Blood–air barrier

The blood–air barrier (alveolar–capillary barrier or membrane) exists in the gas exchanging region of the lungs. It exists to prevent air bubbles from forming in the blood, and from blood entering the alveoli. It is formed by the type 1 pneumocytes of the alveolar wall, the endothelial cells of the capillaries and the basement membrane between the two cells. The barrier is permeable to molecular oxygen, carbon dioxide, carbon monoxide and many other gases.[1]

Blood–air barrier
Gaseous exchange in the lung
SystemRespiratory system
Anatomical terminology


This blood-air barrier is extremely thin (approximately 600 nm-2μm; in some places merely 200 nm) to allow sufficient oxygen diffusion, yet it is extremely strong. This strength comes from the type IV collagen in between the endothelial and epithelial cells. Damage can occur to this barrier at a pressure difference of around 40 millimetres of mercury (0.053 bar).

Clinical significance

Failure of the barrier may occur in a pulmonary barotrauma. This can be a result of several possible causes, including blast injury, swimming-induced pulmonary edema, and breathing gas entrapment or retention in the lung during depressurization, which can occur during ascent from underwater diving or loss of pressure from a pressurized vehicle, habitat or pressure suit.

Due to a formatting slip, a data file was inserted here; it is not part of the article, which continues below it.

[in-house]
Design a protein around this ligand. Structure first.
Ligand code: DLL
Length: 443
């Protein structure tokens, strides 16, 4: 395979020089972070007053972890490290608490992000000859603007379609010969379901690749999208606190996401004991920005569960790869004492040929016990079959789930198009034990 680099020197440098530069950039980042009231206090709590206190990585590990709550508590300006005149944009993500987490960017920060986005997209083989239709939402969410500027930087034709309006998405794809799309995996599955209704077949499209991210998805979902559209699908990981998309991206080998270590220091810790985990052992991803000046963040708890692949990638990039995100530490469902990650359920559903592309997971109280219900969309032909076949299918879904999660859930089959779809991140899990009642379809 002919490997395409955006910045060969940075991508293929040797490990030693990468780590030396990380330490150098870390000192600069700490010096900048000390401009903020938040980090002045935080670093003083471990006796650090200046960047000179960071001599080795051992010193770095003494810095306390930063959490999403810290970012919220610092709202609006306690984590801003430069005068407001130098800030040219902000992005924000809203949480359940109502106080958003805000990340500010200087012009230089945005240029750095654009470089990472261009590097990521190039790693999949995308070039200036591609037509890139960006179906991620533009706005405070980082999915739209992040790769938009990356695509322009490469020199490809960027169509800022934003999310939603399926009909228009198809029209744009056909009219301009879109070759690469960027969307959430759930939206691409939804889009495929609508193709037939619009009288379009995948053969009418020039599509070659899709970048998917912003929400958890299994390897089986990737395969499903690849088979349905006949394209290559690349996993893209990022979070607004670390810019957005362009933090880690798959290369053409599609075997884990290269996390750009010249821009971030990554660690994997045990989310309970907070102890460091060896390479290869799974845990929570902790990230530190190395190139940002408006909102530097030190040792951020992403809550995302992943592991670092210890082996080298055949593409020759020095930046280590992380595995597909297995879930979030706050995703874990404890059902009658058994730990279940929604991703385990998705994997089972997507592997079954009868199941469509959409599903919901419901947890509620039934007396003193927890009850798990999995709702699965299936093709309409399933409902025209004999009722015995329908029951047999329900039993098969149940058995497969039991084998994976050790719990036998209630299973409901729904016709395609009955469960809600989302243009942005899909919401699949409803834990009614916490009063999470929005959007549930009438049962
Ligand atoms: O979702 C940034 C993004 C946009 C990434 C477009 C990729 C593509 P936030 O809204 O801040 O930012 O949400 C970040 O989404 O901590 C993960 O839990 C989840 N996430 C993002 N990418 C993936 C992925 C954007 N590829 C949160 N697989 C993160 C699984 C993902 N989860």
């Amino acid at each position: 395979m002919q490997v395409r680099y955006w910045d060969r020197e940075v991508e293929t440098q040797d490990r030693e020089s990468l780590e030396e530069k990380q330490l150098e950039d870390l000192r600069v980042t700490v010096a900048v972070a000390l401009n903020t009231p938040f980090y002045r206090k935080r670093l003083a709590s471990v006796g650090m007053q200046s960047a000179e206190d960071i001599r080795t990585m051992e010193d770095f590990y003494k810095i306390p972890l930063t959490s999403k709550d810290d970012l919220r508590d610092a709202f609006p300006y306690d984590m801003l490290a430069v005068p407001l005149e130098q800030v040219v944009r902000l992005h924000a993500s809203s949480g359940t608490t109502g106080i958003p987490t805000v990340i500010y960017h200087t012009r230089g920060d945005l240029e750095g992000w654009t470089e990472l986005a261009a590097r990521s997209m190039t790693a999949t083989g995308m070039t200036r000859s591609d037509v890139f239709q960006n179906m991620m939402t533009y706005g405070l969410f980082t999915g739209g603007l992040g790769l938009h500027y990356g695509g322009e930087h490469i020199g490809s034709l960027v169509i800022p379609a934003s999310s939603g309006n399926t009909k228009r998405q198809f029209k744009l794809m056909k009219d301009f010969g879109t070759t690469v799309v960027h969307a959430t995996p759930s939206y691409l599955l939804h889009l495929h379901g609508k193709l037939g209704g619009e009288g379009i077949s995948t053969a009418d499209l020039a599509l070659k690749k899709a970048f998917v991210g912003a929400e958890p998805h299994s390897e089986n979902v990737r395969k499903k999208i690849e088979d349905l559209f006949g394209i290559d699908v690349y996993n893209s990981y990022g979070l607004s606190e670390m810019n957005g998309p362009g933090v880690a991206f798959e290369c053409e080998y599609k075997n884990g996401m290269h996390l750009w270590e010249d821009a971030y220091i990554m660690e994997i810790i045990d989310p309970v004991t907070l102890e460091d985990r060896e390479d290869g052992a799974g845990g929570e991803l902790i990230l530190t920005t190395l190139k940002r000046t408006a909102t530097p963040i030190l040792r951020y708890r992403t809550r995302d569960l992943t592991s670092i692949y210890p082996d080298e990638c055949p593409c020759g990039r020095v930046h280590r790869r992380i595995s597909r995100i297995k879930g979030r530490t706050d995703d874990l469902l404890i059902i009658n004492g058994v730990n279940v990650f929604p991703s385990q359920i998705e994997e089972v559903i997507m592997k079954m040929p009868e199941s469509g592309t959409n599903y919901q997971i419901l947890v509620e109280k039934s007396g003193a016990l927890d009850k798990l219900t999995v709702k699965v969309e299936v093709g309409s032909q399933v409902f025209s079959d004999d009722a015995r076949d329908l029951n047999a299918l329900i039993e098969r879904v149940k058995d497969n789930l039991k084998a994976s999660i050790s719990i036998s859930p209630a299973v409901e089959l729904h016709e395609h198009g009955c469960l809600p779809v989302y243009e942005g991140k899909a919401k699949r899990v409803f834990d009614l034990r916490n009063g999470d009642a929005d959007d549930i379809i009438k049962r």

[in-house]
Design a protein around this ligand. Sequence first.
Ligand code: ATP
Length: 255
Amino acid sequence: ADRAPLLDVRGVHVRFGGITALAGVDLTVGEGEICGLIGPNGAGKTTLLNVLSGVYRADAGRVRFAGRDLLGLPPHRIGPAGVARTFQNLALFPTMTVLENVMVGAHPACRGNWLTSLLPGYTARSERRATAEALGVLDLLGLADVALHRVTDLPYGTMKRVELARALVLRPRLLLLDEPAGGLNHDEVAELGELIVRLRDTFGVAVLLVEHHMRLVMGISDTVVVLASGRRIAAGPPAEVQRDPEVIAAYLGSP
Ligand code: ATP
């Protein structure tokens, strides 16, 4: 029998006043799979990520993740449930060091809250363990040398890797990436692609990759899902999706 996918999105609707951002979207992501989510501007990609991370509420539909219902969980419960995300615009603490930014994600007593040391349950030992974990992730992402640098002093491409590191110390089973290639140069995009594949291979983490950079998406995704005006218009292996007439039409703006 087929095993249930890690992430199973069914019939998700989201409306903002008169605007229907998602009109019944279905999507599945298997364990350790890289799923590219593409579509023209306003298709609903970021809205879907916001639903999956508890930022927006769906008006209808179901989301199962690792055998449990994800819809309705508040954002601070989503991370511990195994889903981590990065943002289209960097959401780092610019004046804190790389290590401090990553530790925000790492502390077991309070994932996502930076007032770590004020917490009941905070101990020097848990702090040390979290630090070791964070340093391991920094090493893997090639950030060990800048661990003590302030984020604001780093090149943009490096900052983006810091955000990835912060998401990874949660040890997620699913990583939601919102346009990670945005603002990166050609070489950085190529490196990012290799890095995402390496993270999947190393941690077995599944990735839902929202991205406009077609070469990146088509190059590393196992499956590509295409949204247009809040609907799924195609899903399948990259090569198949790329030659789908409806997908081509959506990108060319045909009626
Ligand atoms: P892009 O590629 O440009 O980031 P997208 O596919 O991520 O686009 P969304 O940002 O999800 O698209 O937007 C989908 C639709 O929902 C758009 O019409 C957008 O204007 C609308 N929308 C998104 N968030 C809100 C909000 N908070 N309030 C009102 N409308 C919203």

Possible consequences of rupture of the bloodair barrier include arterial gas embolism and hemoptysis.

See also

  • Blood–brain barrier  Semipermeable membrane that separates blood from the brain
  • Blood–ocular barrier  A physical barrier between the local blood vessels and most parts of the eye itself
  • Blood–retinal barrier  Part of the blood–ocular barrier that prevents certain substances from entering the retina
  • Blood–testis barrier  A physical barrier between the blood vessels and the seminiferous tubules of the animal testes
  • Blood–thymus barrier  A barrier formed by the continuous blood capillaries in the thymic cortex
  • Pulmonary vein  The veins that transfer oxygenated blood from the lungs to the heart


  1. Sheenan Kindlen (2003). Physiology for Health Care and Nursing. Elsevier Health Sciences. p. 130. ISBN 0-443-07116-0.
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